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Psychol Med. 2017 Apr;47(5):810-821. doi: 10.1017/S0033291716002798. Epub 2016 Nov 23.

Psychological interventions to reduce suicidality in high-risk patients with major depression: a randomized controlled trial.

Author information

1
Harvard Medical School,Boston, MA,USA.
2
Department of Psychiatry,Massachusetts General Hospital,Boston, MA,USA.

Abstract

BACKGROUND:

Positive psychological constructs have been associated with reduced suicidal ideation, and interventions to cultivate positive feelings have the potential to reduce suicide risk. This study compares the efficacy of a 6-week, telephone-based positive psychology (PP) intervention against a cognition-focused (CF) control intervention among patients recently hospitalized for depression and suicidal ideation or behavior.

METHOD:

A total of 65 adults with a current major depressive episode reporting suicidal ideation or a recent suicide attempt were enrolled from participating in-patient psychiatric units. Prior to discharge, participants were randomized to the PP (n = 32) or CF (n = 33) intervention. In both interventions, participants received a treatment manual, performed weekly PP (e.g. gratitude letter) or CF (e.g. recalling daily events) exercises, and completed weekly one-on-one telephone sessions over 6 weeks. Between-group differences in hopelessness (primary outcome), depression, suicidality and positive psychological constructs at 6 and 12 weeks were tested using mixed-effects models accounting for intensity of post-hospitalization psychiatric treatment.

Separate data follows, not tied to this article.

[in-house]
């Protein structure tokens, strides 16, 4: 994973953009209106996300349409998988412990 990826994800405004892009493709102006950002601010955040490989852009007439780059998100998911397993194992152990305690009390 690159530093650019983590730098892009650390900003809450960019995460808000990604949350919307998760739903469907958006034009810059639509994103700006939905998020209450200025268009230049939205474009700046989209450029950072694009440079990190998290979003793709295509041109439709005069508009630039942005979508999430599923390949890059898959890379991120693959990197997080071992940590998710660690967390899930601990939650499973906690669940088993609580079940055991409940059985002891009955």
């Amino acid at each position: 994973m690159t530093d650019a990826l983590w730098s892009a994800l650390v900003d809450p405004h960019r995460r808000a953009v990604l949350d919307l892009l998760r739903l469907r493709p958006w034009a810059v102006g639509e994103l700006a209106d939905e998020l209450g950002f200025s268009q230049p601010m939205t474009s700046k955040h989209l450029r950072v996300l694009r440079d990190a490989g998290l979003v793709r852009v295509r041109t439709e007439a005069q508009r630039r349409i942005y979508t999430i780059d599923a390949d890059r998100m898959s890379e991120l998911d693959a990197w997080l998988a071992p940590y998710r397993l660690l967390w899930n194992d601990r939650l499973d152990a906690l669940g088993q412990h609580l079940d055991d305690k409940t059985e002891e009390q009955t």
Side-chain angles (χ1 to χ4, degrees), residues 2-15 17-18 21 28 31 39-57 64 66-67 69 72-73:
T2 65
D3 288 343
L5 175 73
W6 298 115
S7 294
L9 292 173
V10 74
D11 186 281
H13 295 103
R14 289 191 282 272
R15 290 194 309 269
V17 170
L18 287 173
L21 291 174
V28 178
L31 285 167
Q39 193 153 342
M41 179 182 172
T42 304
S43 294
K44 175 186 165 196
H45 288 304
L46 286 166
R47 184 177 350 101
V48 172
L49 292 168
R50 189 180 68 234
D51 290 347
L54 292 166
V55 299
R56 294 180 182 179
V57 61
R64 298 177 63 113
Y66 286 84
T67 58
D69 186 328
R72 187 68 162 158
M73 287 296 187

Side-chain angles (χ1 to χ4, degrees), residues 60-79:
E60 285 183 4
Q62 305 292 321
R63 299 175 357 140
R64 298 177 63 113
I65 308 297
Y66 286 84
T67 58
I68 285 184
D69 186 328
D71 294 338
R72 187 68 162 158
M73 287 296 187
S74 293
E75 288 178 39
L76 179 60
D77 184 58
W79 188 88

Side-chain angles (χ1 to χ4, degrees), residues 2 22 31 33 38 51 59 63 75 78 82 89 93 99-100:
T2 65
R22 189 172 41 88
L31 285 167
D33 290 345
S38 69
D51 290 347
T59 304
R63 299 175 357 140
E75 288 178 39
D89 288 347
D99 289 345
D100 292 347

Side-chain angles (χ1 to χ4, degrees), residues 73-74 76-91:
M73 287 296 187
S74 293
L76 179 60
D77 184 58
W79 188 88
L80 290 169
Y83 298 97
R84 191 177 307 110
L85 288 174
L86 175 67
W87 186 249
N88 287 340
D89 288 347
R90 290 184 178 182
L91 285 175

RESULTS:

Compared with PP, the CF intervention was associated with significantly greater improvements in hopelessness at 6 weeks (β = -3.15, 95% confidence interval -6.18 to -0.12, effect size = -0.84, p = 0.04), but not 12 weeks. Similarly, the CF intervention led to greater improvements in depression, suicidal ideation, optimism and gratitude at 6 and 12 weeks.

CONCLUSIONS:

Contrary to our hypothesis, the CF intervention was superior to PP in improving hopelessness, other suicide risk factors and positive psychological constructs during a key post-discharge period among suicidal patients with depression. Further study of this CF intervention is warranted in populations at high suicide risk.

KEYWORDS:

Cognition; depression; optimism; positive psychology; suicide

PMID:
27876105
PMCID:
PMC5340604
DOI:
10.1017/S0033291716002798
[Indexed for MEDLINE]
Free PMC Article

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